On Monday, Lady Gaga handed out gifts at a homeless shelter for LGBT youths, but the singer kept on giving a few days later, this time in the form of an open letter. The note, published by her nonprofit organization Born This Way Foundation, shares Gaga’s experience living with post-traumatic stress disorder, or PTSD.
“After five years of searching for the answers to my chronic pain and the change I have felt in my brain, I am finally well enough to tell you,” Gaga writes. “There is a lot of shame attached to mental illness, but it’s important that you know that there is hope and a chance for recovery.”
In her letter, Gaga details how living with PTSD has affected her life personally and as a performer:
It is a daily effort for me, even during this album cycle, to regulate my nervous system so that I don’t panic over circumstances that to many would seem like normal life situations. Examples are leaving the house or being touched by strangers who simply want to share their enthusiasm for my music… I also experience something called dissociation which means that my mind doesn’t want to relive the pain so ‘I look off and I stare’ in a glazed over state…When this happens I can’t talk. When this happens repeatedly, it makes me have a common PTSD reaction which is that I feel depressed and unable to function like I used to. It’s harder to do my job. It’s harder to do simple things like take a shower. Everything has become harder.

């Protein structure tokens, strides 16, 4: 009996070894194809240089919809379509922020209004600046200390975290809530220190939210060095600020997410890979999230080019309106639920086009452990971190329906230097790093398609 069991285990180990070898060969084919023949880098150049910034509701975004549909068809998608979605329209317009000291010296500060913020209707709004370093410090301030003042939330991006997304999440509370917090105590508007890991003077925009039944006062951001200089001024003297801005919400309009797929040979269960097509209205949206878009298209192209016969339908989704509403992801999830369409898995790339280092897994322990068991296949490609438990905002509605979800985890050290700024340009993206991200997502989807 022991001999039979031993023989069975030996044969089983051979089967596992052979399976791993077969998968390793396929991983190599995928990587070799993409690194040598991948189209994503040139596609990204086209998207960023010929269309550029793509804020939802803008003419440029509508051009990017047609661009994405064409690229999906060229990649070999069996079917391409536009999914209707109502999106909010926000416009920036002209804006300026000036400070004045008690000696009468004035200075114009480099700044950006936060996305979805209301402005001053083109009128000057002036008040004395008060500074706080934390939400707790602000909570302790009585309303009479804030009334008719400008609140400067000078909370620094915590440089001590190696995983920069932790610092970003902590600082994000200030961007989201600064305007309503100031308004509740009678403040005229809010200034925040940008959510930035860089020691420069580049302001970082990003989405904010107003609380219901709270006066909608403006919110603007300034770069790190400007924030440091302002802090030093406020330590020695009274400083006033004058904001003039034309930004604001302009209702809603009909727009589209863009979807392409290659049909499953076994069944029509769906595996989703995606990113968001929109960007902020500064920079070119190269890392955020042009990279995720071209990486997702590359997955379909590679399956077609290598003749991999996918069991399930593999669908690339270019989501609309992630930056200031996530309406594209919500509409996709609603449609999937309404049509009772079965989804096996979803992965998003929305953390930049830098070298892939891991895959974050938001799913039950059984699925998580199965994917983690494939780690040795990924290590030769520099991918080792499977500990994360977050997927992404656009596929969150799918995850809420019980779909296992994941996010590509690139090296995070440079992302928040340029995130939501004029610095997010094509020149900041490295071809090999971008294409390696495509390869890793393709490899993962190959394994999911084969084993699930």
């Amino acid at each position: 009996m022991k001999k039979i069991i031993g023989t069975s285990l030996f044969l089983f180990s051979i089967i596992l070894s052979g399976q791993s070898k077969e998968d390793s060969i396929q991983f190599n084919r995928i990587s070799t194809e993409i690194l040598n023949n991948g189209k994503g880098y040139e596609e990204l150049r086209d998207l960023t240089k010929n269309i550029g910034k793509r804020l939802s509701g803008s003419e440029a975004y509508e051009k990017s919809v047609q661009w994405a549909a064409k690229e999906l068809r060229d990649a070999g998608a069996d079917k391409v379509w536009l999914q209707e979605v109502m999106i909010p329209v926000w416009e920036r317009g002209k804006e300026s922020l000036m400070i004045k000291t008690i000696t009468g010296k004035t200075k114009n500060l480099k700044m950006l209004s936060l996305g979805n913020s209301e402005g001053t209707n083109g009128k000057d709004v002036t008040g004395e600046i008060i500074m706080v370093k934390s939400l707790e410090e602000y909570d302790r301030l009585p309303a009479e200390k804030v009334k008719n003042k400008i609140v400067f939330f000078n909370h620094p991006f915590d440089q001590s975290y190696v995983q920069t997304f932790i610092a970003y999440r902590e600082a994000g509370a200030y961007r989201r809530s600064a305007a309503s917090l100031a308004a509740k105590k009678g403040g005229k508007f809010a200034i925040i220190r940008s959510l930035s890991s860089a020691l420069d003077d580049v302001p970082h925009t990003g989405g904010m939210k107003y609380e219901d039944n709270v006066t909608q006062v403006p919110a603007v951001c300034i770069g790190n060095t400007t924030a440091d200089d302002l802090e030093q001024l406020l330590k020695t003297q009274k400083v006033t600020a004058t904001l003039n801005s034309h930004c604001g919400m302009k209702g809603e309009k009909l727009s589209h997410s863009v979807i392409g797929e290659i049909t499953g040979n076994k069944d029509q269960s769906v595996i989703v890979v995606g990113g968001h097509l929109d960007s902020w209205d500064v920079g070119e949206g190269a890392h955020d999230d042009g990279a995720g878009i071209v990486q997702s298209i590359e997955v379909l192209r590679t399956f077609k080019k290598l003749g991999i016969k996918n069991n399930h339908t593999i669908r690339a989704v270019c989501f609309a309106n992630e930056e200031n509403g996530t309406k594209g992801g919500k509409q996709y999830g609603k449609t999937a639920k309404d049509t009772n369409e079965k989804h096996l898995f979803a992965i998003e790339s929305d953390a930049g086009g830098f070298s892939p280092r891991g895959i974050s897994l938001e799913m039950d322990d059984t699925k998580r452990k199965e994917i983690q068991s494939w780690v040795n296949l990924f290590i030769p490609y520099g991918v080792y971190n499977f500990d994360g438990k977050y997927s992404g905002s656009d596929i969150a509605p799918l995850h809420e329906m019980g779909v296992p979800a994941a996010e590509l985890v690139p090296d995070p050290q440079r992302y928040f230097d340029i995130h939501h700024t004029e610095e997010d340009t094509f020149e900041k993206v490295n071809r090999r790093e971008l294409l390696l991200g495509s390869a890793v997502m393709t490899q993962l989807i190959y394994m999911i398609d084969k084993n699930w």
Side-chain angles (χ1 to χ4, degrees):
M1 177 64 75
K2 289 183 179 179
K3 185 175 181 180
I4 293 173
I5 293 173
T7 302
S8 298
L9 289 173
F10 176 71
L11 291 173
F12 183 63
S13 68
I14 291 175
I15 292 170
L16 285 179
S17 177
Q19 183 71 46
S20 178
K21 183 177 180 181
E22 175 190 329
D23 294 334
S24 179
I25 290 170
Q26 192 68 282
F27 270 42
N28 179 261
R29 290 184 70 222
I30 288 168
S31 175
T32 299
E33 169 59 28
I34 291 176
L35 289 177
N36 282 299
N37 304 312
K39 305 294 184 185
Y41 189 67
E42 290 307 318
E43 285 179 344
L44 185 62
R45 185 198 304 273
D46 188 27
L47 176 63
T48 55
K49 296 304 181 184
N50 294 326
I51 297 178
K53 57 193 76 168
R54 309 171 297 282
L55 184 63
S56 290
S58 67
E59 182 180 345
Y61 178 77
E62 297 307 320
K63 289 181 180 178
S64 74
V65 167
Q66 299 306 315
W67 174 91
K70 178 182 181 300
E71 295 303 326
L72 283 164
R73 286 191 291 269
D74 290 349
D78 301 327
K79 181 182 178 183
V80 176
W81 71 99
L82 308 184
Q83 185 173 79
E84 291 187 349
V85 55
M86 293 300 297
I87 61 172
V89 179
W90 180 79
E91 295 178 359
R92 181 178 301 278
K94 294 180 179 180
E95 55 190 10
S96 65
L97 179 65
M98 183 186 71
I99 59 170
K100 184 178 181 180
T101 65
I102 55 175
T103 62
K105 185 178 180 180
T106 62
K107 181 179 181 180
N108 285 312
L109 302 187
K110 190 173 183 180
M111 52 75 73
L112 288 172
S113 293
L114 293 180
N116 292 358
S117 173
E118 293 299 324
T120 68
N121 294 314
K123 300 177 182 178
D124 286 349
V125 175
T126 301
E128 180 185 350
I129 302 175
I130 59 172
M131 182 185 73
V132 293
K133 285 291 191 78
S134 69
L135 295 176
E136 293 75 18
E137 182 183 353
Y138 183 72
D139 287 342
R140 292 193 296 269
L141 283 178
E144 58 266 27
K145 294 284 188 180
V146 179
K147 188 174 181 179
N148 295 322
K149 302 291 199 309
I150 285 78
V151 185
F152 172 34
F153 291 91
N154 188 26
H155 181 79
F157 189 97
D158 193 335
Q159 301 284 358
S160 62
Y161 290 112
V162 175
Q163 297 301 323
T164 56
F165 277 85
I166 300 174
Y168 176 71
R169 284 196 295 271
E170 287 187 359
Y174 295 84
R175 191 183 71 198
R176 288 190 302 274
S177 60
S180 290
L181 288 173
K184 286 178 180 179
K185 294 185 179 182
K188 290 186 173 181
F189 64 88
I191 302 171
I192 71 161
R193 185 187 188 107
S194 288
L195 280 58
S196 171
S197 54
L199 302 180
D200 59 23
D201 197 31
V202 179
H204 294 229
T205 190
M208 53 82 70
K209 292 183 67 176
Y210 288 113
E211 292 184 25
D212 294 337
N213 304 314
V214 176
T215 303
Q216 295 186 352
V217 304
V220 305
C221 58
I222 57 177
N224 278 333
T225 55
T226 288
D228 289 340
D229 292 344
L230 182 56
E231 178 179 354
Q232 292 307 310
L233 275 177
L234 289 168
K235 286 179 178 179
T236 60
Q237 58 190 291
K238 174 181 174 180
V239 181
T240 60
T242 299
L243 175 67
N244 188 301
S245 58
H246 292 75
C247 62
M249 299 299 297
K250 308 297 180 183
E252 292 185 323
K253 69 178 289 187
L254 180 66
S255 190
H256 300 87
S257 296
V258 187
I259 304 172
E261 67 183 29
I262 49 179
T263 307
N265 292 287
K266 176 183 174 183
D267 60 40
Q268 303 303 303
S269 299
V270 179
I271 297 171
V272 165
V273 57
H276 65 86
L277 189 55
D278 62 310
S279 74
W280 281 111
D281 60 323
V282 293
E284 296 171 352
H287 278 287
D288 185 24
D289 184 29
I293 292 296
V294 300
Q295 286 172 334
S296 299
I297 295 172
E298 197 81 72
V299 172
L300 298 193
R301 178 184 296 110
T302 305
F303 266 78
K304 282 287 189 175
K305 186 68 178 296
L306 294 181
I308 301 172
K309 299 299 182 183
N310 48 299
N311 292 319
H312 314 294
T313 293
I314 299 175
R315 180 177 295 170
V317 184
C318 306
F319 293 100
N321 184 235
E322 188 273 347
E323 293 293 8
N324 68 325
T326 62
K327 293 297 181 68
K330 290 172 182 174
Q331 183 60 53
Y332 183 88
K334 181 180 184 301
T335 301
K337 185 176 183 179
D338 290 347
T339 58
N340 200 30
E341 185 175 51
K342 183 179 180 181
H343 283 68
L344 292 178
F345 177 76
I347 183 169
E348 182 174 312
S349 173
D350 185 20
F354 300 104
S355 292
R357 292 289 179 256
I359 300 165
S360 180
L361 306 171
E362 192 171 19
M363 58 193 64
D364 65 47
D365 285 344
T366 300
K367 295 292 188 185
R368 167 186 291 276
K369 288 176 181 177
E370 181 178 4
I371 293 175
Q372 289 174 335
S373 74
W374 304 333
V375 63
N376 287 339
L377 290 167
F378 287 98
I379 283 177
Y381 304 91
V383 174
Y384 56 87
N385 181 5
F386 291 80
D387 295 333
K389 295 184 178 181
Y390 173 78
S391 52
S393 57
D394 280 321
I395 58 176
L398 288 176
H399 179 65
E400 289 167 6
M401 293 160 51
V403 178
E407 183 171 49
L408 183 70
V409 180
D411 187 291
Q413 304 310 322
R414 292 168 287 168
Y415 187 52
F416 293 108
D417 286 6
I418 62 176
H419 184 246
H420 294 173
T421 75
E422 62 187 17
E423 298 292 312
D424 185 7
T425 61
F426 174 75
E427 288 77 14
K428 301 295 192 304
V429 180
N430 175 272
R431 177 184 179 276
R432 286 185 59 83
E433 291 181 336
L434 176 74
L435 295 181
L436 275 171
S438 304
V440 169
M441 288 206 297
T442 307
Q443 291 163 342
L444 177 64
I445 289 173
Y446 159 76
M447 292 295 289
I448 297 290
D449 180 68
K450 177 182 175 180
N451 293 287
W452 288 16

In addition to dissociation, Gaga has also dealt with somatization – physical pain that results from being unable to express emotional pain. “I am continuing to learn how to transcend this because I know I can,” she added. “If you relate to what I am sharing, please know that you can too.”
Gaga, a rape survivor, also took the time to address some myths associated with PTSD, such as it’s a disease that primarily affects people serving in the military:
Traditionally, many associate PTSD as a condition faced by brave men and women that serve countries all over the world. While this is true, I seek to raise awareness that this mental illness affects all kinds of people, including our youth… I pledge not only to help our youth not feel ashamed of their own conditions, but also to lend support to those servicemen and women who suffer from PTSD. No one’s invisible pain should go unnoticed.
Adding to Gaga’s experience, the letter also features a note from her psychologist “drnancy.” “It is my opinion that trauma occurs in an environment where your feelings and emotional experience are not valued, heard and understood,” drnancy’s note reads. “The specific event is not the cause of traumatic experience.”
You can read the complete letter on Born This Way Foundation’s website.
If you or a loved one is affected by sexual abuse or assault and need help, call the National Sexual Assault Telephone Hotline at 1-800-656-4673 to be connected with a trained staff member from a sexual assault service provider in your area.
Photo credit: Philip Nelson